After exhaustive extraction, the alcoholic extract was filtered, concentrated and completely lyophilized by continuous freeze drying as previously described 23. The yield was ~7.6 g powder/100g of licorice root powder. The freeze dried powder of licorice (LP) so obtained was stored in airtight container at low temperature and suspended in 0.5% carboxymethylcellulose (CMC) before oral administration.
Phytochemical Screening and Standardization: Phytochemical screening of the MC was carried out employing standard procedures and tests 24. One gram of LP was weighed accurately and suspended in 100 ml of water. The mixture was vortexed (3 min) followed by ultrasonication (30 min) and then centrifuged at 1500×g (10 min) to get supernatant sample solution for total phenolic content, total flavonoid. For total phenolic content, the sample solution (200 mL) was added to 800mL of 7.5% sodium carbonate solution, 1mL of Folin-Ciocalteu reagent was added, and the mixture was left to stand for 30 min. The absorbance was measured at 765nm using UV 1700, Shimadzu spectrophotometer.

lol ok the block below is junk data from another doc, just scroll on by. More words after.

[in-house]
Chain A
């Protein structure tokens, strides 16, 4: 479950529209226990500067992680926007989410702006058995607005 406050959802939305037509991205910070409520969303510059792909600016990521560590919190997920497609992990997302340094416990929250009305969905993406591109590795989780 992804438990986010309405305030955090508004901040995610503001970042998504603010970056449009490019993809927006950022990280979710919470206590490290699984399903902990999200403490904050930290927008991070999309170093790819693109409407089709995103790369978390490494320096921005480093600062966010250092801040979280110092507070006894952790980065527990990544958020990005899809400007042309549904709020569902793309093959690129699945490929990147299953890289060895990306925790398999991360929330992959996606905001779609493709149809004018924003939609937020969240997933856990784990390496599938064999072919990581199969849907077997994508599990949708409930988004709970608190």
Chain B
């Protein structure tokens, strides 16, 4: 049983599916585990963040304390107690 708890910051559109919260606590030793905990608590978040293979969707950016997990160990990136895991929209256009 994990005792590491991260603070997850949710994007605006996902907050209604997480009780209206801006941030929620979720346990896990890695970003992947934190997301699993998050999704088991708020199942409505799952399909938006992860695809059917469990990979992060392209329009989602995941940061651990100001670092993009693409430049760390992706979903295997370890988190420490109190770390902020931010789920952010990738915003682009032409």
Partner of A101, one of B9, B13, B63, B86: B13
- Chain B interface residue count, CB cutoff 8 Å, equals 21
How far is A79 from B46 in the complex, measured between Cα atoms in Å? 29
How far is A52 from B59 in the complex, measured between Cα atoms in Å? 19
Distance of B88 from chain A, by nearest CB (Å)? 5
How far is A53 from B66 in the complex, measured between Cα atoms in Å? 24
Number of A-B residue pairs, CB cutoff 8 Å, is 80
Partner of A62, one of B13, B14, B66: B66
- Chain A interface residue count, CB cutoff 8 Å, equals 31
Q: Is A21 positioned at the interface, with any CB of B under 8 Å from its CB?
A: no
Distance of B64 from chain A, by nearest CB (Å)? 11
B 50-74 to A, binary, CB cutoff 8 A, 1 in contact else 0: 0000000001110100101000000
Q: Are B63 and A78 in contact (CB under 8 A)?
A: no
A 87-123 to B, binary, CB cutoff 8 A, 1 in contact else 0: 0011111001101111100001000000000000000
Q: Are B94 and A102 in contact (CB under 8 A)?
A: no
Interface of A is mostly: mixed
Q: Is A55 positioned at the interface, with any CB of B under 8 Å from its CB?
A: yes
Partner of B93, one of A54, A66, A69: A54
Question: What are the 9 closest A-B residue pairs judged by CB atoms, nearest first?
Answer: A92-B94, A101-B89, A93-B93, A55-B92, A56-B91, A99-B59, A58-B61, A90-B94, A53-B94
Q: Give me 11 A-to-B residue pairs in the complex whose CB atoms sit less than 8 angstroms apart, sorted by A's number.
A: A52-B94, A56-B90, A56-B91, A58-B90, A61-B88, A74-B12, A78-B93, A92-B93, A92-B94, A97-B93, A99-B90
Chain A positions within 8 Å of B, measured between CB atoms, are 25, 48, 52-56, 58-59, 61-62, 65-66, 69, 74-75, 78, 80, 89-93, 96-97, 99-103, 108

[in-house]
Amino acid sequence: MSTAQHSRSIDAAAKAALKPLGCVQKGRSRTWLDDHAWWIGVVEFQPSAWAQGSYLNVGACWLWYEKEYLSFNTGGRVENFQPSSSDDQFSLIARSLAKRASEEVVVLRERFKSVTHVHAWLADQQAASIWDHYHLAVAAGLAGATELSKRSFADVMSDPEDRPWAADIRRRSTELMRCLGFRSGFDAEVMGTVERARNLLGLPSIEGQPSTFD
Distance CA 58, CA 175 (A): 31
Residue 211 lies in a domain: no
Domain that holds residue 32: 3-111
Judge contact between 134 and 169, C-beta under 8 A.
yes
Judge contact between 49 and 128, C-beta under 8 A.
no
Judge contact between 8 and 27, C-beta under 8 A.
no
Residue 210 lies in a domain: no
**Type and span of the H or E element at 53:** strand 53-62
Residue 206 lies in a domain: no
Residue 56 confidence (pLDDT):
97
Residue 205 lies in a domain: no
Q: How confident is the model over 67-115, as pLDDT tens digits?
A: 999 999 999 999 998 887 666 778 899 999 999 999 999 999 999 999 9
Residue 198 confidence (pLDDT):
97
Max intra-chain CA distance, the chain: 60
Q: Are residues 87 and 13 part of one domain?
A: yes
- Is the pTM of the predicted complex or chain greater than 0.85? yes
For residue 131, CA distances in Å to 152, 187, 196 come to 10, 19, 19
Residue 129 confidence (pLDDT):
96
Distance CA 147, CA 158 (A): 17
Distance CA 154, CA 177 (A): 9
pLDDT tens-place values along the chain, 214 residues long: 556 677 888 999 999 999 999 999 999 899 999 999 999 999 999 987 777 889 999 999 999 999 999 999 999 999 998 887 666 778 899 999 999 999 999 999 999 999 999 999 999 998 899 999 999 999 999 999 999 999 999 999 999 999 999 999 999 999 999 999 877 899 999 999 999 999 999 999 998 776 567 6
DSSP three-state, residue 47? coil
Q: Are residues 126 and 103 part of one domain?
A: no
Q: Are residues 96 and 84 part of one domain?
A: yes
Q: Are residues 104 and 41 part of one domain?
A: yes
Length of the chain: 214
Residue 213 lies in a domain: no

The total phenol content was expressed as micromoles of gallic acid equivalent in 1 g of LP 25. For total flavonoid content 0.5 ml of sample solution was mixed with 2ml of distilled water and subsequently with 0.15 ml of NaNO2 (5%) solution. After 6 min of incubation, 0.15 ml of AlCl3 (10%) solution was added and then allowed to stand for 6 min, followed by adding 2 ml of sodium hydroxide (4%) solution to the mixture. Water was added immediately to the sample to bring the final volume to 5 ml, the mixture was thoroughly mixed, allowed to stand for another 15 min and measured spectrophotometrically at 510 nm. The total flavonoid content was estimated using a standard curve with quercetin and expressed as g of quercetin equivalents in 1 g of LP 26.